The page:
Medina-Torres v. Gonzales
United States Court of Appeals Fifth Circuit
F I L E D
IN THE UNITED STATES COURT OF APPEALS FOR THE FIFTH CIRCUIT December 29, 2006 Charles R. Fulbruge III Clerk No. 06-60109 Summary Calendar RAMON NONATO MEDINA-TORRES Petitioner, versus ALBERTO R. GONZALES, U.S. Attorney General, Respondent. -------------------Petition for Review of an Order of the Board of Immigration Appeals BIA No. A29 490 066 -------------------Before JOLLY, DENNIS, and CLEMENT, Circuit Judges. PER CURIAM:* Ramon Nonato Medina-Torres (Medina) seeks review of an order of the Board of Immigration Appeals (BIA) that dismissed his appeal of an Immigration Judge's (IJ) decision denying his motion to reopen immigration proceedings. Medina argues that the immigration proceedings should be reopened because he had reasonable cause for failing to appear at the immigration hearing. He also argues that
the BIA abused its discretion by dismissing as untimely his motion to reopen his immigration proceedings based upon his eligibility for relief. Pursuant to 5TH CIR. R. 47.5, the court has determined that this opinion should not be published and is not precedent except under the limited circumstances set forth in 5TH CIR. R. 47.5.4.
No. 06-60109 -2Medina's factual argument that he did not receive notice of the hearing is belied by the record. Rather than directly address
the BIA's determination that the hearing notice that was served on his attorney was effective as to Medina pursuant to 8 C.F.R. § 292.5, Medina argues that he failed to appear due to counsel's ineffectiveness. However, Medina admittedly failed to follow the
procedural requirements necessary to use counsel's ineffectiveness as a basis for reopening. See Lara v. Trominski, 216 F.3d 487, 496
(5th Cir. 2000) (citing Matter of Lozada, 19 I. & N. Dec. 637, 639 (BIA 1988)). He thus cannot successfully rely on his counsel's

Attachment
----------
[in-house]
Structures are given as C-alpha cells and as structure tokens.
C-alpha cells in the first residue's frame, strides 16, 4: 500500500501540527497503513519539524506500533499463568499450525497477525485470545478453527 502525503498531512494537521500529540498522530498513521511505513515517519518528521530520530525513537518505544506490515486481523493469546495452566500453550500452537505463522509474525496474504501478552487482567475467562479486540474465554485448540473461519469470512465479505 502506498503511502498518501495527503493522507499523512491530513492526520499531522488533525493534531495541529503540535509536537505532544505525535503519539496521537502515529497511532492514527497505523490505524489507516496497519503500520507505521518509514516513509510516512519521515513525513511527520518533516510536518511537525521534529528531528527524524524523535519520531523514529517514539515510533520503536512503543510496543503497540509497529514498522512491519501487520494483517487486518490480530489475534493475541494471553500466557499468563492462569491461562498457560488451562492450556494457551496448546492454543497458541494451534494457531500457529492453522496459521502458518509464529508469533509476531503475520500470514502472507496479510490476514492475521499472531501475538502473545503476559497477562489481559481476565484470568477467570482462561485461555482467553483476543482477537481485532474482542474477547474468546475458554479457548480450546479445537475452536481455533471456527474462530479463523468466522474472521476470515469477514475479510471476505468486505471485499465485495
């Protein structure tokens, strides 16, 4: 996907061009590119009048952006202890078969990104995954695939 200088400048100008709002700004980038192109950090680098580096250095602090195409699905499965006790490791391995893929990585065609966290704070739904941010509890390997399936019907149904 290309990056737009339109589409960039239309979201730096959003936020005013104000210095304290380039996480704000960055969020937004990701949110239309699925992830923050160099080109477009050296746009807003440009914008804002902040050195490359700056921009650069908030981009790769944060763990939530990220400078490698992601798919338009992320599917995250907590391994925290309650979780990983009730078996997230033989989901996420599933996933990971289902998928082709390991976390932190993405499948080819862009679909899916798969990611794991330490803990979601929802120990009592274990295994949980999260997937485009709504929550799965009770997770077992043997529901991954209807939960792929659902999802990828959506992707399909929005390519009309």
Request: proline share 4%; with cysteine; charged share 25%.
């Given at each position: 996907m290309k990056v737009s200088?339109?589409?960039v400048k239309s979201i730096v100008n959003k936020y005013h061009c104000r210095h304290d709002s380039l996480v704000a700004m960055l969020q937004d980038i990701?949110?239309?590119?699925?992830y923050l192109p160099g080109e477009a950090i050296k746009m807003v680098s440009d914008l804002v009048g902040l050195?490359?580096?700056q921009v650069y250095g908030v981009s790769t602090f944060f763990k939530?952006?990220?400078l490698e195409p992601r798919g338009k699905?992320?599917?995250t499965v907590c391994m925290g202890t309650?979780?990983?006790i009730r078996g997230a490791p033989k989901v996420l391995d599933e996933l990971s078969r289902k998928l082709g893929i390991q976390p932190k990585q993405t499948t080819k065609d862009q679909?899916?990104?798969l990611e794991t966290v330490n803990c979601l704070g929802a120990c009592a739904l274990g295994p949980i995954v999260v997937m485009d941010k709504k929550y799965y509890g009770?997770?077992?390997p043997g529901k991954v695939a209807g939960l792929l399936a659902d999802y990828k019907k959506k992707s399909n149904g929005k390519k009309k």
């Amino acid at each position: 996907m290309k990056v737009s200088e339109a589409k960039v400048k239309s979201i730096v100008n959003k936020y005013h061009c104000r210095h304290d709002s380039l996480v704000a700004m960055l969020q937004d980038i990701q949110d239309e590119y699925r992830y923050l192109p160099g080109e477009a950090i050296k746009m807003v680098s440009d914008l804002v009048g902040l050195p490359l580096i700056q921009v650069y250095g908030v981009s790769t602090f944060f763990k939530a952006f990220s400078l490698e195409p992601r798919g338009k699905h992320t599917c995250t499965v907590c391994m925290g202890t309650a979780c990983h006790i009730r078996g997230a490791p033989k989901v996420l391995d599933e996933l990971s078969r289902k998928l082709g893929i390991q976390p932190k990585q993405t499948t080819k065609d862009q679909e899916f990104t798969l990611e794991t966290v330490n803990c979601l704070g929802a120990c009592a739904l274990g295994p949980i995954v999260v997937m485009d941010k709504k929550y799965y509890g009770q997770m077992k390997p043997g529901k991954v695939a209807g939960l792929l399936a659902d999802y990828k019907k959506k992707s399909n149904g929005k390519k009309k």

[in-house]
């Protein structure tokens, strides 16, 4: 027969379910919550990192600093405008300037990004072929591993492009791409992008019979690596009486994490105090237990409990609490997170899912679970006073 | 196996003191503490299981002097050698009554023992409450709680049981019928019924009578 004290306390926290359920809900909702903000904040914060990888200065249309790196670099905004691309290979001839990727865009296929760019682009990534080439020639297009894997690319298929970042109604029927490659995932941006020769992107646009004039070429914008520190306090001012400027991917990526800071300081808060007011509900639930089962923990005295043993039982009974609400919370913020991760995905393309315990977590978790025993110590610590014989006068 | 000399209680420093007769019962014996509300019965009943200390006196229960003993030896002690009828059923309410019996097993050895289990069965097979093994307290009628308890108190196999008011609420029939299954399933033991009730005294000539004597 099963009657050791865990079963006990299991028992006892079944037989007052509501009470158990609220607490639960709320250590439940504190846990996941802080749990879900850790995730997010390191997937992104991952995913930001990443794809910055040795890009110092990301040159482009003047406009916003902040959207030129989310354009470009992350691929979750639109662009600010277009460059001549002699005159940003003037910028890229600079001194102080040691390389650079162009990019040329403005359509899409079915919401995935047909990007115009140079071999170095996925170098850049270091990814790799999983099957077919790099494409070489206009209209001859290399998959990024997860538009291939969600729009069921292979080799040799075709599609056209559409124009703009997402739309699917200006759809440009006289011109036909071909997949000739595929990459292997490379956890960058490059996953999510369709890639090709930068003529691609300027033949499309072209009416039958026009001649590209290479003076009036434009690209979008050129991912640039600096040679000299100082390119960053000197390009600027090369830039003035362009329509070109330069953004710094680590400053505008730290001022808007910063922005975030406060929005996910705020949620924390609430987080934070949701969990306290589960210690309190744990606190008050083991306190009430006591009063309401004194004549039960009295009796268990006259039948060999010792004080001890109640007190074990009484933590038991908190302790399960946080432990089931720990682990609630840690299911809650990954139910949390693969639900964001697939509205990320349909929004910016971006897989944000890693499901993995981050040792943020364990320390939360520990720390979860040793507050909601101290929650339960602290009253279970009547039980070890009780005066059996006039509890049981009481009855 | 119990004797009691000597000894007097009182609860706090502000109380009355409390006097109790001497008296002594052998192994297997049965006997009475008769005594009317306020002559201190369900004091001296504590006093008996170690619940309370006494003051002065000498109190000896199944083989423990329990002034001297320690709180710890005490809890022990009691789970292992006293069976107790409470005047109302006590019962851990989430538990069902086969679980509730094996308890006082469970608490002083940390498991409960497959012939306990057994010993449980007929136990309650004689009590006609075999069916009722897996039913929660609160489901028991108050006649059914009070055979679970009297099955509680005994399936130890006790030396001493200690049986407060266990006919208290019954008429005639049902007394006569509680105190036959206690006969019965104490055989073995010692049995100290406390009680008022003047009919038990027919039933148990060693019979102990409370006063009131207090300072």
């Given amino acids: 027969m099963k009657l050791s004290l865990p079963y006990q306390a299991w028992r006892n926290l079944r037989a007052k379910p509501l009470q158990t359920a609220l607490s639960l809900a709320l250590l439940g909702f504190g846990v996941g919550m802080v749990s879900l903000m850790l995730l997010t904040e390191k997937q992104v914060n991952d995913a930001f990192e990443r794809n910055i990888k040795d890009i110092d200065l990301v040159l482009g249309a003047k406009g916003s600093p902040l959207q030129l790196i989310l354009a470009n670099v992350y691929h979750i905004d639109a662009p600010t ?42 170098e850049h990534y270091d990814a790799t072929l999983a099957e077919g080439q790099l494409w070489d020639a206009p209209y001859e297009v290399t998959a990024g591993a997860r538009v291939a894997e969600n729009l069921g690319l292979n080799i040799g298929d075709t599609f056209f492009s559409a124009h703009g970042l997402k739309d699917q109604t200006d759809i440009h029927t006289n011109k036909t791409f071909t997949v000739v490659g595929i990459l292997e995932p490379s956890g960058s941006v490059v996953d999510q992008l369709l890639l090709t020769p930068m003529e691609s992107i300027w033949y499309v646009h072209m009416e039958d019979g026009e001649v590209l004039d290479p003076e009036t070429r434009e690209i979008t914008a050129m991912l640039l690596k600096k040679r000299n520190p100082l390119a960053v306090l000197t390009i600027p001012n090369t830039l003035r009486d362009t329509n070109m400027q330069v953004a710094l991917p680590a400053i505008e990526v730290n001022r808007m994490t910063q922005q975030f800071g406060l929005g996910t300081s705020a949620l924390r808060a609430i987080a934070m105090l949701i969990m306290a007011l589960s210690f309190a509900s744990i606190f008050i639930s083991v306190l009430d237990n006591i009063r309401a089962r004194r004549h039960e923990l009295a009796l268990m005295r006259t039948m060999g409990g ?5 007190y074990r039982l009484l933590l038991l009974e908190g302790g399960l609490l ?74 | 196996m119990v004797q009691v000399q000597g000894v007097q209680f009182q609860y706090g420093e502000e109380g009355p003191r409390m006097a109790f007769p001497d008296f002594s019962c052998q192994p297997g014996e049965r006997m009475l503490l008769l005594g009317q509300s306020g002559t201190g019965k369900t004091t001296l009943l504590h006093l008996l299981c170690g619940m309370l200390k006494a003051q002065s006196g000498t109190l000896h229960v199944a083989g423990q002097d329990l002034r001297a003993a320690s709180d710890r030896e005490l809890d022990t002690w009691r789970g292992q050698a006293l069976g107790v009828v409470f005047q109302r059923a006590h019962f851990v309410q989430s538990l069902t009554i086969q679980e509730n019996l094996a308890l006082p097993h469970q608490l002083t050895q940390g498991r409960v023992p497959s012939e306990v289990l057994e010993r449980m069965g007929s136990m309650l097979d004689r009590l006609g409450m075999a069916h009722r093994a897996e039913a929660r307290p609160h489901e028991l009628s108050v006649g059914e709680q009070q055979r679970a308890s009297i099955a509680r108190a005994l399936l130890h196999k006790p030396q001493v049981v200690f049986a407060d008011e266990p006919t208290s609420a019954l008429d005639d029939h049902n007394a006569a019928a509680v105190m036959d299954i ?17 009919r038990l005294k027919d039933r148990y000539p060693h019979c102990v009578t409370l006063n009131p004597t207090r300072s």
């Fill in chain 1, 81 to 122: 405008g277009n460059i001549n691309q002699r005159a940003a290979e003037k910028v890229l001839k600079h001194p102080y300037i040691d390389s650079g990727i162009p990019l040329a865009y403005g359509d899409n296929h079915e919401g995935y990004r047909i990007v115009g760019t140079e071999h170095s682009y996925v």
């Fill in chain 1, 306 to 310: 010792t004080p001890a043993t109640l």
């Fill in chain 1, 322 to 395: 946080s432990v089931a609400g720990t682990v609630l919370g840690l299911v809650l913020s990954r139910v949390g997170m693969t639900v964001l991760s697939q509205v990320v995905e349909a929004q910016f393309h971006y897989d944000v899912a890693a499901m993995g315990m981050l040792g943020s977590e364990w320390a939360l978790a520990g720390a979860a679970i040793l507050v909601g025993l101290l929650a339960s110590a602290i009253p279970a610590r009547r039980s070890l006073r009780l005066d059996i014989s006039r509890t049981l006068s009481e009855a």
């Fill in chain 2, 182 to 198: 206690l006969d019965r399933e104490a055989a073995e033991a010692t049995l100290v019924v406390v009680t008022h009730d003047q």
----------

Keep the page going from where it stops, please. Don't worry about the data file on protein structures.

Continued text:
actions to support his assertion that his counsel's performance constitutes reasonable cause for his failure to attend the hearing. See id. cause Therefore, Medina has failed to demonstrate reasonable for his absence at the immigration hearing.
Williams-Igwonobe v. Gonzales, 437 F.3d 453, 455 (5th Cir. 2006). Similarly, Medina's argument that his motion should not be considered time-barred is premised on his counsel's performance. As discussed above, Medina admittedly failed to follow the
procedural requirements necessary to use counsel's ineffectiveness as a basis for reopening. See Lara, 216 F.3d at 496. He therefore
cannot rely on counsel's purported ineffectiveness to circumvent the time-bar. See 8 C.F.R. § 1003.2(c)(2). To the extent that
Medina is arguing that equitable tolling should apply to his case, even if the doctrine of equitable tolling applied in this instance, Medina's conclusional, unsupported arguments do not indicate that
No. 06-60109 -3Medina's case is the rare and exceptional case that warrants equitable tolling. 682 (5th Cir. 2002). The BIA did not abuse its discretion when it denied Medina's motion to reopen. Lara, 216 F.3d at 496. Medina's petition for See, e.g., Fierro v. Cockrell, 294 F.3d 674,
review is therefore DENIED.
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